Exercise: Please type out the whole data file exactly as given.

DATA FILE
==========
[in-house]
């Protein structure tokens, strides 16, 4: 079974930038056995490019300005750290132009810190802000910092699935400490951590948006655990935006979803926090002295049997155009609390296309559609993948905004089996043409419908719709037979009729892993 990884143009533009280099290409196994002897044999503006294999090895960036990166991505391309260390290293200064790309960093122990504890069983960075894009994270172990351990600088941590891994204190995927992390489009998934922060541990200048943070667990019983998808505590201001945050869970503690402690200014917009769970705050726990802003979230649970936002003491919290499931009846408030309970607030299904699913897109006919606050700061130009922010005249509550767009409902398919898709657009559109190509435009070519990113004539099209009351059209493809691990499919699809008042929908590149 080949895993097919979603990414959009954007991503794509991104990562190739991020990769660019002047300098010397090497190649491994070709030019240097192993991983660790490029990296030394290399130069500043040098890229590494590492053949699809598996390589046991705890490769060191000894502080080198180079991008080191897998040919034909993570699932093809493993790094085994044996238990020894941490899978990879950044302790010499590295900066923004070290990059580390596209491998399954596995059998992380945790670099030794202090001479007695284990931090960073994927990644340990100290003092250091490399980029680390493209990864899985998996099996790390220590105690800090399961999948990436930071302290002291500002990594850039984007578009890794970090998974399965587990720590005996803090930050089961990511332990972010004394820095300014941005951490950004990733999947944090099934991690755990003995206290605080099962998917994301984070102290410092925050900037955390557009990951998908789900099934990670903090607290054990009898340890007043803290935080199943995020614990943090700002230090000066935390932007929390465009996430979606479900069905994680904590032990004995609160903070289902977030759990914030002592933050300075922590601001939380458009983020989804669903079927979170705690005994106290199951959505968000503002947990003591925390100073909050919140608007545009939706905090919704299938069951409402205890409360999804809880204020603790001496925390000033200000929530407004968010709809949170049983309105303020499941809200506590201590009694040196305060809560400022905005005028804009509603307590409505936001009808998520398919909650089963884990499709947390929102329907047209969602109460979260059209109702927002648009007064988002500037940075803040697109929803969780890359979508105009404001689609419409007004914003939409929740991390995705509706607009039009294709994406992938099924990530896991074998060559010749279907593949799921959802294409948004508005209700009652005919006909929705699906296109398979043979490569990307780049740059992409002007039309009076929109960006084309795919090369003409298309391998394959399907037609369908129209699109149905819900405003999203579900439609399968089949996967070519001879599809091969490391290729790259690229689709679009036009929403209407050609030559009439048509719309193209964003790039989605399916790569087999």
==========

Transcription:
[in-house]
């Protein structure tokens, strides 16, 4: 079974930038056995490019300005750290132009810190802000910092699935400490951590948006655990935006979803926090002295049997155009609390296309559609993948905004089996043409419908719709037979009729892993 990884143009533009280099290409196994002897044999503006294999090895960036990166991505391309260390290293200064790309960093122990504890069983960075894009994270172990351990600088941590891994204190995927992390489009998934922060541990200048943070667990019983998808505590201001945050869970503690402690200014917009769970705050726990802003979230649970936002003491919290499931009846408030309970607030299904699913897109006919606050700061130009922010005249509550767009409902398919898709657009559109190509435009070519990113004539099209009351059209493809691990499919699809008042929908590149 080949895993097919979603990414959009954007991503794509991104990562190739991020990769660019002047300098010397090497190649491994070709030019240097192993991983660790490029990296030394290399130069500043040098890229590494590492053949699809598996390589046991705890490769060191000894502080080198180079991008080191897998040919034909993570699932093809493993790094085994044996238990020894941490899978990879950044302790010499590295900066923004070290990059580390596209491998399954596995059998992380945790670099030794202090001479007695284990931090960073994927990644340990100290003092250091490399980029680390493209990864899985998996099996790390220590105690800090399961999948990436930071302290002291500002990594850039984007578009890794970090998974399965587990720590005996803090930050089961990511332990972010004394820095300014941005951490950004990733999947944090099934991690755990003995206290605080099962998917994301984070102290410092925050900037955390557009990951998908789900099934990670903090607290054990009898340890007043803290935080199943995020614990943090700002230090000066935390932007929390465009996430979606479900069905994680904590032990004995609160903070289902977030759990914030002592933050300075922590601001939380458009983020989804669903079927979170705690005994106290199951959505968000503002947990003591925390100073909050919140608007545009939706905090919704299938069951409402205890409360999804809880204020603790001496925390000033200000929530407004968010709809949170049983309105303020499941809200506590201590009694040196305060809560400022905005005028804009509603307590409505936001009808998520398919909650089963884990499709947390929102329907047209969602109460979260059209109702927002648009007064988002500037940075803040697109929803969780890359979508105009404001689609419409007004914003939409929740991390995705509706607009039009294709994406992938099924990530896991074998060559010749279907593949799921959802294409948004508005209700009652005919006909929705699906296109398979043979490569990307780049740059992409002007039309009076929109960006084309795919090369003409298309391998394959399907037609369908129209699109149905819900405003999203579900439609399968089949996967070519001879599809091969490391290729790259690229689709679009036009929403209407050609030559009439048509719309193209964003790039989605399916790569087999």